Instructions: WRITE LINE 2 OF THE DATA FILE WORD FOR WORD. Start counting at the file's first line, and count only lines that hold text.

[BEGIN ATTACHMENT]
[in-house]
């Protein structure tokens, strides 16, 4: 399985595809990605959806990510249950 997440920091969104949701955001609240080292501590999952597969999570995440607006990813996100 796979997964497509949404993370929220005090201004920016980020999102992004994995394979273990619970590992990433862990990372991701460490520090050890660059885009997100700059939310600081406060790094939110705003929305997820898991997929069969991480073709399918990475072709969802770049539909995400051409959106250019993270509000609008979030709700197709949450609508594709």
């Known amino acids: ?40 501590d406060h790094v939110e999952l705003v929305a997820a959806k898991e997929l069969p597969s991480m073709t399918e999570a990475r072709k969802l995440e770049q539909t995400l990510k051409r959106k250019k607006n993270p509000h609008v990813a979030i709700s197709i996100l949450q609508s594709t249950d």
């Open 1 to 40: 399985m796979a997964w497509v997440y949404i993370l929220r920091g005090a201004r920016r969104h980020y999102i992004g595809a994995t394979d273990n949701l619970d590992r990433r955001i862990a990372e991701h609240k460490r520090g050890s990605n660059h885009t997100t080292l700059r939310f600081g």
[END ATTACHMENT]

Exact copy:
């Protein structure tokens, strides 16, 4: 399985595809990605959806990510249950 997440920091969104949701955001609240080292501590999952597969999570995440607006990813996100 796979997964497509949404993370929220005090201004920016980020999102992004994995394979273990619970590992990433862990990372991701460490520090050890660059885009997100700059939310600081406060790094939110705003929305997820898991997929069969991480073709399918990475072709969802770049539909995400051409959106250019993270509000609008979030709700197709949450609508594709």